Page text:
Throwin' shapes and improvisin' like a motherbitch


By Shepton on June 4, 2009 in Reviews

Final verdict: B-
Final playtime: 10 hours or so



I played the demo of inFamous a couple days ago, and was impressed enough to buy the game. And y’know what? Money well spent. inFamous is good. Okay, it’s nothing groundbreaking or amazing, but it’s been very well made and it’s really fun to play, and that’s exactly what every videogame should be.

The visuals are great. Really great. There are also a bunch of animated scenes in a comic-book sort of style, which look really good and make nice little story sandwiches between sections of gameplay. But visuals are just eye candy. They’re a nice extra. The gameplay is what’s important, and inFamous gets it right.

The game begins in Empire City, with a huge electrical explosion. After the explosion, you see Cole, the game’s protagonist, right at the epicenter of where the blast originated. He’s instructed by police to evacuate to safety and the game’s tutorial section eases you in pretty smoothly. The controls and physics are almost flawless – everything feels very natural and fluid, from movement to using your powers. There’s also a lot of freedom in movement in inFamous – you can climb almost every building, car surf, grind along railway tracks. All kinds of stuff. It’s a lot of fun.

Having said that, the movement system can fail you right when you really, really need it to work. It tries to make things easier for you by automatically grabbing onto nearby things, but in actuality this often makes things a lot harder, especially if you’re trying to do something quickly.

The combat is entertaining and pretty well thought out – at least, for Cole. Your enemies have AK47s, RPGs and occasionally grenades, never anything more. They also apparently don’t have eyes, because they can’t aim and serve only as targets for you to shoot with electricity, rather than a challenge. I think that’s kind of the point of the game though – Cole has all of these crazy awesome attacks like the Megawatt Hammer (where you launch an electricity grenade in the air and then have it home in on an enemy), and I think they just want you to feel good about yourself for obliterating everything without getting hurt.

In fact, the game is so easy that when you die during a mission, you reappear with full health exactly where you died, without any negative effects on the outcome of the mission, so there’s really no reason to fear death in inFamous. While I do like the fact that it’s a lot less frustrating than how Grand Theft Auto usually handles its deaths during missions, it kinda makes it feel like there’s no threat, so you can just gung-ho your way through the game without any concerns.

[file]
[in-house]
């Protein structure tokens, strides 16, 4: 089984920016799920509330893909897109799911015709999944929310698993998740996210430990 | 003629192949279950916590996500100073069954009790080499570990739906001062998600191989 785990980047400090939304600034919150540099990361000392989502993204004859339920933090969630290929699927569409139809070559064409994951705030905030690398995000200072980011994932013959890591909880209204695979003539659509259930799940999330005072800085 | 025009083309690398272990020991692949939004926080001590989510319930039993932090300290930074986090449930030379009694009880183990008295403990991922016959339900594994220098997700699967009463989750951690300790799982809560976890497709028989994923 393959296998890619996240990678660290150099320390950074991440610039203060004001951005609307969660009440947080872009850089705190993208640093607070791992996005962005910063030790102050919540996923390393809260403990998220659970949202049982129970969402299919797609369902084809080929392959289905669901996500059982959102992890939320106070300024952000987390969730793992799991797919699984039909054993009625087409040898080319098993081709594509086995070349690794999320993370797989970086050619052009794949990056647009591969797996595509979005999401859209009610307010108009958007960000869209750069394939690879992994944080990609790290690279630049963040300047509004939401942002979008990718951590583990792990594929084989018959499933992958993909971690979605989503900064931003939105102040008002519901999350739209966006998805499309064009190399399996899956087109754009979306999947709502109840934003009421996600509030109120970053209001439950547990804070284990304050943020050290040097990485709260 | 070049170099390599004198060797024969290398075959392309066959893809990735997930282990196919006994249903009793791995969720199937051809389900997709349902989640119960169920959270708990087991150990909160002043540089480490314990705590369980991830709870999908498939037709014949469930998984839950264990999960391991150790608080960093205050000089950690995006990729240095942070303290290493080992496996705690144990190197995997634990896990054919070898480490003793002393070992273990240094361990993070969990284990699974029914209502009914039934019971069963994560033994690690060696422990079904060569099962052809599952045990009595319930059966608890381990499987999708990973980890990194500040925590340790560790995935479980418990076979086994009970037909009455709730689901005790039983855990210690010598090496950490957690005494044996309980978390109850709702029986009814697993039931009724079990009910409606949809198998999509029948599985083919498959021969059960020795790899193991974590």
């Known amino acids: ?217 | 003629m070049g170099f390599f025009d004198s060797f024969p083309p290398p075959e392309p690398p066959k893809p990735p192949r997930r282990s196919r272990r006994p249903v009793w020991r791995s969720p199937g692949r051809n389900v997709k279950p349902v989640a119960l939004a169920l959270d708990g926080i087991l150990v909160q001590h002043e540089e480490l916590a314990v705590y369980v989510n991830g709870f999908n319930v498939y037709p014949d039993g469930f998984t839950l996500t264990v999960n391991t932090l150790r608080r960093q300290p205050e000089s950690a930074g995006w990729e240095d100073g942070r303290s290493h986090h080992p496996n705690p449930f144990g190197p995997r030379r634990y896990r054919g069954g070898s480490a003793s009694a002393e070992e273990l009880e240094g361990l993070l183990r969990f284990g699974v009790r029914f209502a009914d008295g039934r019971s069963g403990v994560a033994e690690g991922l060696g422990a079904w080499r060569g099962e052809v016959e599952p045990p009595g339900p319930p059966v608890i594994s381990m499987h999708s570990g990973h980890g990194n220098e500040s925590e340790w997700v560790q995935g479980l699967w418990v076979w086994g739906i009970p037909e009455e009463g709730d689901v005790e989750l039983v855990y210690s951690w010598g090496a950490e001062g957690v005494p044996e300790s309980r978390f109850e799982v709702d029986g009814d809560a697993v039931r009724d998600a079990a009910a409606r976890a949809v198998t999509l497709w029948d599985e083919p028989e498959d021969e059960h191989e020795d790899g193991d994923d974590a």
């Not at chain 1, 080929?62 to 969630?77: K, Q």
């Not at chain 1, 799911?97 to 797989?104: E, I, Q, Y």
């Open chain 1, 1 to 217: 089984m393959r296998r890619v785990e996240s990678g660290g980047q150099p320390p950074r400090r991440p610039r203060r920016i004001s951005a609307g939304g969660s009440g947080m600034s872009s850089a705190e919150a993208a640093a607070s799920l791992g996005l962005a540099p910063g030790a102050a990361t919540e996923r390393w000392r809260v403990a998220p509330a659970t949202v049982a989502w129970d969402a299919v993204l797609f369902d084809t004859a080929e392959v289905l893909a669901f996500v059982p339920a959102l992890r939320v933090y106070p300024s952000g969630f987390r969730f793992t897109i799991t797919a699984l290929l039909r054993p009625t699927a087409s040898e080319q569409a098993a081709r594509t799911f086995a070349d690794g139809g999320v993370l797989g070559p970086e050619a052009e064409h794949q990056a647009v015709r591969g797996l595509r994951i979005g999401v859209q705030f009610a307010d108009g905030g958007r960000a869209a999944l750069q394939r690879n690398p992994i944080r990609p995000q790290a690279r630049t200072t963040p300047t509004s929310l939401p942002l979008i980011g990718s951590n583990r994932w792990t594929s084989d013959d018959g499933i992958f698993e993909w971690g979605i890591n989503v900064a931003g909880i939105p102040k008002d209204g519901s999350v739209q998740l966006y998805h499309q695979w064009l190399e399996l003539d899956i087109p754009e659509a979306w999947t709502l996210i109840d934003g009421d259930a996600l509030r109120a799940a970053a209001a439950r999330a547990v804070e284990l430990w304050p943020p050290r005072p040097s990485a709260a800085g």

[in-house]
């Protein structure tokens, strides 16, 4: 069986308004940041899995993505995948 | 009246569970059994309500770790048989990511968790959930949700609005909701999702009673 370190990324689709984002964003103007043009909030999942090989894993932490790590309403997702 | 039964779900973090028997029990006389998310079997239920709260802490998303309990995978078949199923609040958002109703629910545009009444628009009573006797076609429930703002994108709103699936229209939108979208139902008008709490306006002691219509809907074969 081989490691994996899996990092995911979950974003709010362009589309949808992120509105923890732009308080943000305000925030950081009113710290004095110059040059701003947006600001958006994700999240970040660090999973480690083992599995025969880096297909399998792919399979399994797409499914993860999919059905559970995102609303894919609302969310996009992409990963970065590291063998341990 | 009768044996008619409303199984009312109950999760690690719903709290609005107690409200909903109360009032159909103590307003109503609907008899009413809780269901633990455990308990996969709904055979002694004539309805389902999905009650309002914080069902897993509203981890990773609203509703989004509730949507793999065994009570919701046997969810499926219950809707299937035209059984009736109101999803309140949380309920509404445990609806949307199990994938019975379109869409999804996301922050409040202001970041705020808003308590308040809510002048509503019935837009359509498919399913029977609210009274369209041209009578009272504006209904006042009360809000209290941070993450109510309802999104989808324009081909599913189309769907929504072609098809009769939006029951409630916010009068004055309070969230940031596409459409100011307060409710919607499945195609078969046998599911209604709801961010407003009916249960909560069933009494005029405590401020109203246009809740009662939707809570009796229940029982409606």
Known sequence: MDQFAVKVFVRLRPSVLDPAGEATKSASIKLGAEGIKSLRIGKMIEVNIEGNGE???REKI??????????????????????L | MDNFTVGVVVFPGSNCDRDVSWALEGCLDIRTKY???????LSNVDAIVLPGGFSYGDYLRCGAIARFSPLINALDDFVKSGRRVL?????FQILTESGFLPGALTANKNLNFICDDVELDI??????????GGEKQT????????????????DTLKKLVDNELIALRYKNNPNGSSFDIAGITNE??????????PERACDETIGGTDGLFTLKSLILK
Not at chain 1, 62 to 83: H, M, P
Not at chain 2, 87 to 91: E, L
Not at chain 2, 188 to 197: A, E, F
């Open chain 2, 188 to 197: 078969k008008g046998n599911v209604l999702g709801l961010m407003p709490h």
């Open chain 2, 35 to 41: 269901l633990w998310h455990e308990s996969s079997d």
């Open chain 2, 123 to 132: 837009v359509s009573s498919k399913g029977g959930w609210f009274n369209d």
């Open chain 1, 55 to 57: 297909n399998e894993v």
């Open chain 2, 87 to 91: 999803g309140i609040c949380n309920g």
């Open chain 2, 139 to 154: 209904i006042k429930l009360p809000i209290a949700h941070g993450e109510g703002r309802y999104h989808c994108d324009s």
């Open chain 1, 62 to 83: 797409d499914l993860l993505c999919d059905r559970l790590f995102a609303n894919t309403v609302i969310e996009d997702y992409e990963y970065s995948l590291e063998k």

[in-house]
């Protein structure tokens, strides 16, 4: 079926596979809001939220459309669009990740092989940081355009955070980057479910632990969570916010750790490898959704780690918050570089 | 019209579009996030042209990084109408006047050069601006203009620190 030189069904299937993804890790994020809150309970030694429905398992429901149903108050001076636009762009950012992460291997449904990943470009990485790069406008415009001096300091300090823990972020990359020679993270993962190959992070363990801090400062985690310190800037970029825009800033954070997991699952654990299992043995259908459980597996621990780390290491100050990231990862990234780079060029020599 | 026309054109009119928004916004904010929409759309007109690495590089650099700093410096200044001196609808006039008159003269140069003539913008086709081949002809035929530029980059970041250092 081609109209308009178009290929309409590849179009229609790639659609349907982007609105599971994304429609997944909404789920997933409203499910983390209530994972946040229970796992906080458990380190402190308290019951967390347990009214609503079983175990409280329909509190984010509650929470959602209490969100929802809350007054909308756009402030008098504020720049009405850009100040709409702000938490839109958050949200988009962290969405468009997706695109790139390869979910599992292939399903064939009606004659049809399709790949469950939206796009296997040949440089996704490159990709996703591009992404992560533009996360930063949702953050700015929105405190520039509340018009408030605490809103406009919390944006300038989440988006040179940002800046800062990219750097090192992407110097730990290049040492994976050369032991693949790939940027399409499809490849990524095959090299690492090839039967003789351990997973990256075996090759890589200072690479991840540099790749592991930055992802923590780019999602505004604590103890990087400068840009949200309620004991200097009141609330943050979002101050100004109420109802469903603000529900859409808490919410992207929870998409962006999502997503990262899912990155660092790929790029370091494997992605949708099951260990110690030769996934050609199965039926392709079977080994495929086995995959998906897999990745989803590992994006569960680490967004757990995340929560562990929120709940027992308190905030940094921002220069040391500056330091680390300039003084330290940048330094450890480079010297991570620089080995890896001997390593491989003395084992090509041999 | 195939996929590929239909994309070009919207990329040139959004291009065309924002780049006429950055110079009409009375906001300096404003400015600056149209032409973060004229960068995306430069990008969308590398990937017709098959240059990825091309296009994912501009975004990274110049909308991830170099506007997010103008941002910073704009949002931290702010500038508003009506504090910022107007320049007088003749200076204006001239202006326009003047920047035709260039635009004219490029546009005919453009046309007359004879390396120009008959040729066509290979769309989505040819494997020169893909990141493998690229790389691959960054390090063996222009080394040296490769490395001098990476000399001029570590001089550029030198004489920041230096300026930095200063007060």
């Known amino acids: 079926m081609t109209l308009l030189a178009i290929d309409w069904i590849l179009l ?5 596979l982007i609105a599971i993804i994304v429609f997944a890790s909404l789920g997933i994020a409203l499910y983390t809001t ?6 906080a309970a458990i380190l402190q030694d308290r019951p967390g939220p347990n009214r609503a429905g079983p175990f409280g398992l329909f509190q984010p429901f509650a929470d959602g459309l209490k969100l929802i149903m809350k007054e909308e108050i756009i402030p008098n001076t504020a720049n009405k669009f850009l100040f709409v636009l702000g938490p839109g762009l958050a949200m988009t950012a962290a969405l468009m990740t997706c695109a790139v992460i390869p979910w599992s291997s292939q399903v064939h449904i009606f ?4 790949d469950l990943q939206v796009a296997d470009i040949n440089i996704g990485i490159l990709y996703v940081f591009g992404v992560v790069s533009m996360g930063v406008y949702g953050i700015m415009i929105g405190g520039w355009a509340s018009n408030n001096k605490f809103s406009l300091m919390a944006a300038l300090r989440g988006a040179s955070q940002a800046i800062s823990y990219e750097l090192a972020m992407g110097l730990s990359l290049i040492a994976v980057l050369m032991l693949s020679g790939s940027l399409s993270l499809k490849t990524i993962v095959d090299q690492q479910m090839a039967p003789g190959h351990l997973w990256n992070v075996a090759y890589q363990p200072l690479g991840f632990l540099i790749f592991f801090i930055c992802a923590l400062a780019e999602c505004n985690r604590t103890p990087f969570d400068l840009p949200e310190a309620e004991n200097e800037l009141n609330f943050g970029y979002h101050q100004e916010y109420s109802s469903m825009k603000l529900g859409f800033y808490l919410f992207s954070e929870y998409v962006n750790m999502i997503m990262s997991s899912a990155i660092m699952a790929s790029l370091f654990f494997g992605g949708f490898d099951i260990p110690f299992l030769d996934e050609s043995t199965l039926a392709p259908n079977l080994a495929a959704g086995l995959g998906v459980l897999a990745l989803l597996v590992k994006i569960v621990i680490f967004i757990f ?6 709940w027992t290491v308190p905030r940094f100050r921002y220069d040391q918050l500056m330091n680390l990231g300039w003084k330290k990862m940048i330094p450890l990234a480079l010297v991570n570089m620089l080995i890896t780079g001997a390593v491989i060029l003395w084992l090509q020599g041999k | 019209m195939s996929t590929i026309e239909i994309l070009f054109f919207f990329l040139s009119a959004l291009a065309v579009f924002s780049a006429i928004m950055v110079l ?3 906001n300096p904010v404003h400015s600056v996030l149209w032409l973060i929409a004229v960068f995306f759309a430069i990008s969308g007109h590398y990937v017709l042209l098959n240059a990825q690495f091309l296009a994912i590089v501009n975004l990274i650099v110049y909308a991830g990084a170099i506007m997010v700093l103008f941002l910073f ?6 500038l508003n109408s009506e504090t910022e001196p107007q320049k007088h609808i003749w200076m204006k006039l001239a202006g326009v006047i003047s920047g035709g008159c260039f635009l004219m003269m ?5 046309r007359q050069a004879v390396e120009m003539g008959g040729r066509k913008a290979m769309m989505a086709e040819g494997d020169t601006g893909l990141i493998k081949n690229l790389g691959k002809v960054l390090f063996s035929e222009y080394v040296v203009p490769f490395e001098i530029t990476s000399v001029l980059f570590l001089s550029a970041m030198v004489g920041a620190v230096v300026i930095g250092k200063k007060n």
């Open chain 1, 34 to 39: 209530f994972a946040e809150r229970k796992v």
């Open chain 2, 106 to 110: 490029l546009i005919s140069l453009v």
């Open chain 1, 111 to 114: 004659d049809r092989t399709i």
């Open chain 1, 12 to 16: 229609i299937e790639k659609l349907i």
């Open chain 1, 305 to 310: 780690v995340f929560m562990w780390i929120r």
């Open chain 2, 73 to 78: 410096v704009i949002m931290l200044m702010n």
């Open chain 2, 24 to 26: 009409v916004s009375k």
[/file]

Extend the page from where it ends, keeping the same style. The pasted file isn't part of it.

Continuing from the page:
The game’s name stems from its whole “morality system”. Yeah, we all know what that means. It means you get to make choices like this:

a) Drown the sack full of puppies, then kill everyone and steal their wallets because you are such a douchebag, or b) Save the puppies, give them to orphan children, give the orphan children and their puppies to loving families and then give everybody a hug because you’re just such a nice guy.


For once, I sincerely wish someone would develop a morality system which wasn’t obvious, and had grey areas, and you actually had to make hard decisions. In inFamous, there are no rewards one way or another for your decisions. It’s generally “get some blast shards and be a dick” or “save the day and get some blast shards anyway”. Oh, I guess I should explain; blast shards are like extra “batteries”. Your moves require energy to use. Blast shards essentially give you a larger tank of energy to draw from. It makes very little difference since your default zapping power is what you will always use, and that costs 0 energy. Not only that but even if your “energy tank” is small, you just refill it constantly with all the nearby electricity from cars, or streetlights, etc etc. Blast shards are essentially useless, and therefore the morality system may as well not be there.

I hate shitty, boring, pointless, transparent morality systems like the one present in inFamous. Seriously, if you can’t be bothered to create a good one, don’t implement the same one that’s in every game. We’ve done it dozens of times before, and we’re bored.

While on the subject, inFamous’s morality system seems to be really fucking twitchy, and kinda bugged. At one point I killed a ton of bad guys and saved the protagonist’s love interest from the roof of a building where she’d been kidnapped or something, and it apparently made me more evil. Every now and then, you seem to get Evil points for no reason whatsoever.

The story’s compelling enough to keep me playing. Some bad guys did some experiments that caused your powers, now you’re going to fuck them up, and the FBI is involved and are manipulating you into working for them, yadda yadda. It’s your standard super hero story mixed with your standard modern story. And by “standard modern story” I mean the same one in every movie in the past 8 years. TERRORISTS. AMERICA. FBI and/or CIA and/or NSA AGENTS. AN EVERYMAN CHARACTER AND HIS LOVE INTEREST. UPPERCASE TYPE.

So yeah, it’s interesting enough, but clichéd. The ending of the story is really fucking bad, though. Ugh. Time travel? Really? That’s how you’re gonna play this?

In summary, decent but nothing special. It has plenty of bugs but they’re forgivable. If anything, I’d have liked it to be harder and more of a challenge – it’s unbelievably easy. The AI is severely lacking – on one escort mission, the guy I was protecting promptly ran into a trash can and fell over. Oh, and the slightest touch will make pedestrians fall over in inFamous. Everywhere you look, three or more people have fallen over and cannot get up. I’m not exaggerating.

Final verdict: B-

Final play time: 10 hours or so

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